Senator Cash interjecting—

Senator ABETZ—And, Senator Cash, at the end of this one there is definitely no pot of gold. In fact, there will be one huge deficit, the exact opposite, at the end of this particular so-called rainbow.

So, Madam Acting Deputy President, what we have is a government that said one thing to squeak its way back into office and is now doing the exact opposite. It is nearly doing the opposite of a Kevin—a ‘Nivek’, I suppose we will have to call it. Remember the ‘greatest moral challenge of our time’? Nothing was more important. We needed the Carbon Pollution Reduction Scheme. I must say that Nivek nearly has a nice Russian sound about it—but we will not go there. Anyway, that was the big moral issue of our time, and then—

The ACTING DEPUTY PRESIDENT (Senator Crossin)—Senator Abetz, I want to remind you that, if you are referring to people in the other place, they do have a correct title other than their Christian name.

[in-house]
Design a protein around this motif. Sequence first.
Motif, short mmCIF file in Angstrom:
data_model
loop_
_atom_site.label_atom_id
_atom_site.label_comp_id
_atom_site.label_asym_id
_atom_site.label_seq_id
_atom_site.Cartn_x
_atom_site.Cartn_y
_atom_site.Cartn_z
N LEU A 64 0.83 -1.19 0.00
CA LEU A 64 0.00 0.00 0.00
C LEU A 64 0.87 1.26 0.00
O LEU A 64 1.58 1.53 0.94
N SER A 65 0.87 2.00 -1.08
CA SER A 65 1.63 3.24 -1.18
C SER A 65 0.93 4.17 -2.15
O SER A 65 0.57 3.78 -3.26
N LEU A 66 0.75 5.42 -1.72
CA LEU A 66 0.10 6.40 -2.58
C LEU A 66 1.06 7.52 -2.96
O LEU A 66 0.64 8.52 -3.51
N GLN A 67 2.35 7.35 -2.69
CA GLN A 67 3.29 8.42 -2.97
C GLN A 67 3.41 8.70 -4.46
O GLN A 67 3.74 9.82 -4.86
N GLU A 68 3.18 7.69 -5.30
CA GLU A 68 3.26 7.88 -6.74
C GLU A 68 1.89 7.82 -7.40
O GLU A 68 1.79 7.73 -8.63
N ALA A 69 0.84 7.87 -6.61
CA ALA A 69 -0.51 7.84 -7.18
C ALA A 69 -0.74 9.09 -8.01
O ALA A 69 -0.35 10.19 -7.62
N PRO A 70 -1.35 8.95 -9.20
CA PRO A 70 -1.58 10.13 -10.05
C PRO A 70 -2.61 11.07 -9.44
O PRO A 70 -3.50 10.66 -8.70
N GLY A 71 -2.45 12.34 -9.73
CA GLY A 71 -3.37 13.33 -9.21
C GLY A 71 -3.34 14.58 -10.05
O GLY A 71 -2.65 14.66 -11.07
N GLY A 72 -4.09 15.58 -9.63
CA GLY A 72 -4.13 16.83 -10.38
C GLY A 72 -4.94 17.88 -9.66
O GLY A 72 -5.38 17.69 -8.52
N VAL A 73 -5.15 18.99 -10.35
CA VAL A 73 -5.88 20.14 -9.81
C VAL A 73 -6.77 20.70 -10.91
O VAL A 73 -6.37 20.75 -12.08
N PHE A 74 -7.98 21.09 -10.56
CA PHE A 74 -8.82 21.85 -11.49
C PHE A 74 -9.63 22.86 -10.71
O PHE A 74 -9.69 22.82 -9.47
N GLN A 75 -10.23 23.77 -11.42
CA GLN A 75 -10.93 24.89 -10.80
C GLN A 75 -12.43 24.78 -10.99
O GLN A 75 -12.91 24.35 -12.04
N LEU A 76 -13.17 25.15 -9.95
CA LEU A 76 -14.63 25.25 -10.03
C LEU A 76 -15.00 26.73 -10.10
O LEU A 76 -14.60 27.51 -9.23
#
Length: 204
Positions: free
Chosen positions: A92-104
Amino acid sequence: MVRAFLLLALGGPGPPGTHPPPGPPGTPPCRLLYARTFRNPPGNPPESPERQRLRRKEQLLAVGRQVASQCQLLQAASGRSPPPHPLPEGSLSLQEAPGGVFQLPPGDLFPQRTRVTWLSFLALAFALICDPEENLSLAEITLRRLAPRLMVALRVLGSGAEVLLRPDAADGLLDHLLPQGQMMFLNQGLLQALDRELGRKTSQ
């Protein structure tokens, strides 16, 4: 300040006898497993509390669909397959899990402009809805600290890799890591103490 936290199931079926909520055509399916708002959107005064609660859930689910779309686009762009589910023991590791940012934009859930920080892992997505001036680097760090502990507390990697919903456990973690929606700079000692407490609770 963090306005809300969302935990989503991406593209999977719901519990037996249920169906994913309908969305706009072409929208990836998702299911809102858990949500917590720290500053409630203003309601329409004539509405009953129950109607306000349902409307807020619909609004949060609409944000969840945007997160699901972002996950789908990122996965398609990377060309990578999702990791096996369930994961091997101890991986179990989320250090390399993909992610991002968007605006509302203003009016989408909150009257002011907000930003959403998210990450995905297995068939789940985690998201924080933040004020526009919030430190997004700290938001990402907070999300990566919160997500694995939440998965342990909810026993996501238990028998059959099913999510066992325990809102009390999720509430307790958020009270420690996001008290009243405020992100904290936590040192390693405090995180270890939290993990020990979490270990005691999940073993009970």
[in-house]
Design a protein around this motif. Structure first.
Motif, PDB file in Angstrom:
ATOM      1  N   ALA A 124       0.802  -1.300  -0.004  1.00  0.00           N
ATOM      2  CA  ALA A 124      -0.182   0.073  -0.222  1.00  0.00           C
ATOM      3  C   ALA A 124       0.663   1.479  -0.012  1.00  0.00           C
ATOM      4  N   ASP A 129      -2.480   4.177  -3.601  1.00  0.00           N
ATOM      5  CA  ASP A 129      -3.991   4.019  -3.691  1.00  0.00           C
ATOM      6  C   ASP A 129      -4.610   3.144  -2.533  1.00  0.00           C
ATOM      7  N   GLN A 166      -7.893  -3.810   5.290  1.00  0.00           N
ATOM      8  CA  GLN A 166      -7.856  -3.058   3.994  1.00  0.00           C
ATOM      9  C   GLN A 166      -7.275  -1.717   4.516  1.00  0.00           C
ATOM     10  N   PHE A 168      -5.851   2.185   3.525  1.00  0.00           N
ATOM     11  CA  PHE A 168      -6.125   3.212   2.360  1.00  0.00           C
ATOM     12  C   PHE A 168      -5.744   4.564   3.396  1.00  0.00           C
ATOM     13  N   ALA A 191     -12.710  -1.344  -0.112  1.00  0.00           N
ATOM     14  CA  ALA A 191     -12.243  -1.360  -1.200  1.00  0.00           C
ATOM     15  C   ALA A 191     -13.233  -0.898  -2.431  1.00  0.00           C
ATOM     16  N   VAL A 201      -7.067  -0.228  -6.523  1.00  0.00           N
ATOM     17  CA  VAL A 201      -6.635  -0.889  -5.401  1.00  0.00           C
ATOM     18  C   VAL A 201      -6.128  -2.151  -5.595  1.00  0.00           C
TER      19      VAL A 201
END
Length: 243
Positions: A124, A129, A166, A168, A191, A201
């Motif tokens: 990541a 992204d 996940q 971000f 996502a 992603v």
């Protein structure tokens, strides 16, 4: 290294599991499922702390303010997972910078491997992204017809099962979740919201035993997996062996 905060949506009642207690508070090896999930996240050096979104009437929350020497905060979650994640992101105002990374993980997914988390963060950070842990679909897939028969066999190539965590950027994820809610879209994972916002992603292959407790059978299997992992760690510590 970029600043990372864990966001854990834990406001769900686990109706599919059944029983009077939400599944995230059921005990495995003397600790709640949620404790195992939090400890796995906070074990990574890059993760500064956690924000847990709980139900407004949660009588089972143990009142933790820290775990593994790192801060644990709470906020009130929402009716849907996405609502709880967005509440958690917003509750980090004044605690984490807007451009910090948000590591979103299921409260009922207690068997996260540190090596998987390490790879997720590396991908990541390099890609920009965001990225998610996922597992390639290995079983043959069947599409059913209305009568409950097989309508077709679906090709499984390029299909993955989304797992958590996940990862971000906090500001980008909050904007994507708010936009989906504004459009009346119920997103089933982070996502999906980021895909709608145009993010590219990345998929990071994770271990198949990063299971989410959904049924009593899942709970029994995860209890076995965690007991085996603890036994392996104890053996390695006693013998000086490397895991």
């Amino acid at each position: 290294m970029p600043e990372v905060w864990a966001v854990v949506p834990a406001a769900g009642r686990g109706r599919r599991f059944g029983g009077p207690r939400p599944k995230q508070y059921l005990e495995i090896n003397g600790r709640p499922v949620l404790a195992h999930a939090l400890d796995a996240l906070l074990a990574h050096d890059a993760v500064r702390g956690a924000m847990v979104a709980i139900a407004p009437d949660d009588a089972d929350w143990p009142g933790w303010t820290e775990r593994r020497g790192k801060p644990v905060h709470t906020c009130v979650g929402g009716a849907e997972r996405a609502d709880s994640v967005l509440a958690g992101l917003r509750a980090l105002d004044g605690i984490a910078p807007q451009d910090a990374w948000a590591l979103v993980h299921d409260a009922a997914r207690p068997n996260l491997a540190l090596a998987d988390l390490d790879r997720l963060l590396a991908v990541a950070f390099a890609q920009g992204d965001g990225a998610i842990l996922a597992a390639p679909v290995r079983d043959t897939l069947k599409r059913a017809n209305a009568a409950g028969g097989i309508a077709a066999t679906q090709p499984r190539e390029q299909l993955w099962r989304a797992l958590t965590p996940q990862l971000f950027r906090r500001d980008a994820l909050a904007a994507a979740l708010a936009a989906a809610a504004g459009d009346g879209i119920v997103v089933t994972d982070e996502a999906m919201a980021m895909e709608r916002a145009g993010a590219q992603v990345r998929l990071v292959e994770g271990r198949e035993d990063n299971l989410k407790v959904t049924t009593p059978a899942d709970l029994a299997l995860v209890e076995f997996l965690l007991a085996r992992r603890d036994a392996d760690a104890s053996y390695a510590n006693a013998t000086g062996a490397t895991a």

Senator ABETZ—You are right, Madam Acting Deputy President, but it would spoil it somewhat. But you are quite right.

The ACTING DEPUTY PRESIDENT—And you could address your remarks through the chair occasionally. That would be useful, thank you.

Senator ABETZ—I do not think I was addressing any senator directly, Madam Acting Deputy President, but if you want to hear ‘Madam Acting Deputy President’ scattered a few times in my remarks I am more than happy to oblige.

Senator Fifield—She’d like eye contact.


Senator ABETZ—What I was saying was that the Labor Party under then Prime Minister Kevin Rudd said that climate change was the greatest moral challenge of our time. Then, all of a sudden, it could be dumped. Now Ms Gillard has done the exact opposite. She went to an election saying, ‘I specifically rule out a carbon tax,’ and now, after the election, all of a sudden she is going to bring it back in, so she is doing the exact reverse of that which the honourable member for Griffith undertook.